Isn’t it strange how quickly a shopping center or a neighborhood can be built? Maybe you notice construction starting on the way to work. A few months or even a year pass without you thinking about it again. Then one day you see cars coming and going and you realize it’s finished.
Now think about the way federal government projects progress — a new Mississippi River bridge or a major flood protection project like the Comite River Diversion, for example. Completion of either isn’t sneaking up on anybody.
Why is there such a big difference, and does there have to be? I don’t think so, and that’s why we recently introduced a bill in Congress called the BUILDER Act: Building U.S. Infrastructure through Limited Delays and Efficient Reviews.
The BUILDER Act is designed to apply private sector efficiencies to federal projects and to take advantage of the principles and practices that recognize time is money. Our bill cuts the red tape that ties up progress, streamlining the process so we can start turning dirt sooner.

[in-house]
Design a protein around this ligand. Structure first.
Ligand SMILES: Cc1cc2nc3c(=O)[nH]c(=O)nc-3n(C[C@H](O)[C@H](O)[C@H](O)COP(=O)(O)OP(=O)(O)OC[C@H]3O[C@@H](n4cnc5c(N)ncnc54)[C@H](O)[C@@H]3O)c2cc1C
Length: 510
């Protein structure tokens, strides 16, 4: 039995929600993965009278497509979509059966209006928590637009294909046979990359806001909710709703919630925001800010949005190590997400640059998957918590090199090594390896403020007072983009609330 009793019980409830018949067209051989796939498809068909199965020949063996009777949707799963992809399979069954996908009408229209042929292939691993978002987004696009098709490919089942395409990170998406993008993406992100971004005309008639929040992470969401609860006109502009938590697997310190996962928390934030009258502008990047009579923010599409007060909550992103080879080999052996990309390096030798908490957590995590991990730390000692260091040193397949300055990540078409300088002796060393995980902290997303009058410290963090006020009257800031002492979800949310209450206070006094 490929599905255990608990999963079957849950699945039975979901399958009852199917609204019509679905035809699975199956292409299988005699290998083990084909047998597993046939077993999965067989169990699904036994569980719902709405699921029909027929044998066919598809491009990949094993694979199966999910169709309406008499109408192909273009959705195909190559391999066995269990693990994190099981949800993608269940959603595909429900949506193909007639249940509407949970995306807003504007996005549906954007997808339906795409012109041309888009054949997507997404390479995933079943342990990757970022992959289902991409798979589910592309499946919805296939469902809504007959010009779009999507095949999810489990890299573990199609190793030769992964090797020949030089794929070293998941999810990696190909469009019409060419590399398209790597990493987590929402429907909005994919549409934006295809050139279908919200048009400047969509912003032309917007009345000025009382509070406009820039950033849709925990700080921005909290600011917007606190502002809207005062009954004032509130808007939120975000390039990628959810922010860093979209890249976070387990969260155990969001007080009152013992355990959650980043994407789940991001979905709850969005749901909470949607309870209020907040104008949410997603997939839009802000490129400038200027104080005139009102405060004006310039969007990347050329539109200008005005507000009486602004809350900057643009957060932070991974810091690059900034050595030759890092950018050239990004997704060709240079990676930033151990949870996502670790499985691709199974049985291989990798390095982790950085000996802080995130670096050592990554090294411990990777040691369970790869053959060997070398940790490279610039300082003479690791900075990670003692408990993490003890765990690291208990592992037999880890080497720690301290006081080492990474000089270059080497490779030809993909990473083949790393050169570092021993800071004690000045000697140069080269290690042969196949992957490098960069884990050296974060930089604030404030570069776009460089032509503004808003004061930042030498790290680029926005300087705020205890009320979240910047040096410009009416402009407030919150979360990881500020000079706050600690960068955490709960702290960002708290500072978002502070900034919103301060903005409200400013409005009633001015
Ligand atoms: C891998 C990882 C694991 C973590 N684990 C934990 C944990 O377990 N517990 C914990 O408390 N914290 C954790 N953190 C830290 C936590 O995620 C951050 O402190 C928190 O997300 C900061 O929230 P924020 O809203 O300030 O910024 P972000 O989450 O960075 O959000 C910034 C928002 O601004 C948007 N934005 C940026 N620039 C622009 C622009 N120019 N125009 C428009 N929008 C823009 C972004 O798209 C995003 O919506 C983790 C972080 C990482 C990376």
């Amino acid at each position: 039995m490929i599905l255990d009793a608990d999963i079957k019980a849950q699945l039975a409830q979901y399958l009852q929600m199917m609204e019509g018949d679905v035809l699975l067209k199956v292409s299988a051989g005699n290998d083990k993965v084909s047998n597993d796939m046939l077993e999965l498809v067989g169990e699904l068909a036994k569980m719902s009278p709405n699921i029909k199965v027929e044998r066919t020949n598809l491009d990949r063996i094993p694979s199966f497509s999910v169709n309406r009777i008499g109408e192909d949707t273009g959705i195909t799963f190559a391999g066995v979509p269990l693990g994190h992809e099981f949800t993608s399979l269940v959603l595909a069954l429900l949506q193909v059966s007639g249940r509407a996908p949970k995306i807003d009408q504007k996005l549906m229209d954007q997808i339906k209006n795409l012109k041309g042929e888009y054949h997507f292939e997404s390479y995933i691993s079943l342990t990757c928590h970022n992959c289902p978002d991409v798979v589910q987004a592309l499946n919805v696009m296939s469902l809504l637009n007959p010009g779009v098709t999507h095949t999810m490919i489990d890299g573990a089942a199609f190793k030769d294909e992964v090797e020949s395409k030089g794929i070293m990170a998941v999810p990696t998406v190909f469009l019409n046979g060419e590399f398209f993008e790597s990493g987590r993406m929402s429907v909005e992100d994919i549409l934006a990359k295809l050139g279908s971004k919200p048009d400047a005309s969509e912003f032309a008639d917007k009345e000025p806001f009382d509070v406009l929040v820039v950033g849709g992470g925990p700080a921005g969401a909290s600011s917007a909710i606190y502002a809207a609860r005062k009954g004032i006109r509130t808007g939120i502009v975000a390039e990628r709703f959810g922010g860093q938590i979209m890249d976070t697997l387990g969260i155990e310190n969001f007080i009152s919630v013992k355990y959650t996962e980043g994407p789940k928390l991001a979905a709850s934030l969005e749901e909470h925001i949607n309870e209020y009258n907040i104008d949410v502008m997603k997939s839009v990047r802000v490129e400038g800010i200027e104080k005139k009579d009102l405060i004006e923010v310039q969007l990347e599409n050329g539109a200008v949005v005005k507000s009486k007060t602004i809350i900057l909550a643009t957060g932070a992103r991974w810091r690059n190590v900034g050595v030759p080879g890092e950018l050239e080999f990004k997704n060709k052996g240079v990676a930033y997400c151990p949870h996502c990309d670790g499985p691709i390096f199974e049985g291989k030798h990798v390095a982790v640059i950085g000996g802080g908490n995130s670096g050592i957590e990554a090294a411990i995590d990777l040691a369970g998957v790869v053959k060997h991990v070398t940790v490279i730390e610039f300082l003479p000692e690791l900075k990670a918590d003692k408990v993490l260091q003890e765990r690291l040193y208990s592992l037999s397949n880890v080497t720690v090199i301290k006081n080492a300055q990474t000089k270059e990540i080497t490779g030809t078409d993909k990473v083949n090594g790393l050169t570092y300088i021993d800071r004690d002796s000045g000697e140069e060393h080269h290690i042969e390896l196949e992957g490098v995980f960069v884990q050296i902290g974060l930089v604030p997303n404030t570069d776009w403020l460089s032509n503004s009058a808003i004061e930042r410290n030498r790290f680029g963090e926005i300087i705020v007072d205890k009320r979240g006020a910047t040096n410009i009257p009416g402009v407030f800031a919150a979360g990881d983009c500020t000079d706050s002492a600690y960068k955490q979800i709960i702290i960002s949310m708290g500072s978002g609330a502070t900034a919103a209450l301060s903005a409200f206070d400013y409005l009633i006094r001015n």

Nobody benefits from projects until they are done. Yet we often waste years, or decades, studying projects instead of building them.
In the 1970s, a law called the National Environmental Policy Act was enacted to support a productive coexistence between people and a healthy environment. In the early years, NEPA reviews would take a few weeks at most to complete. By 2016, the average timeline was five years — and it’s even longer today. Of course, this isn’t the only obstacle to new infrastructure, but the fact is hundreds of projects across the country are waiting on NEPA review to get started.
Lengthy environmental reviews prolong coastal environmental damage by delaying restoration projects. That's a flawed bureaucracy. We can do better.
The only way to get the economic and environmental benefits of projects is to complete them. The BUILDER Act will help us to do that.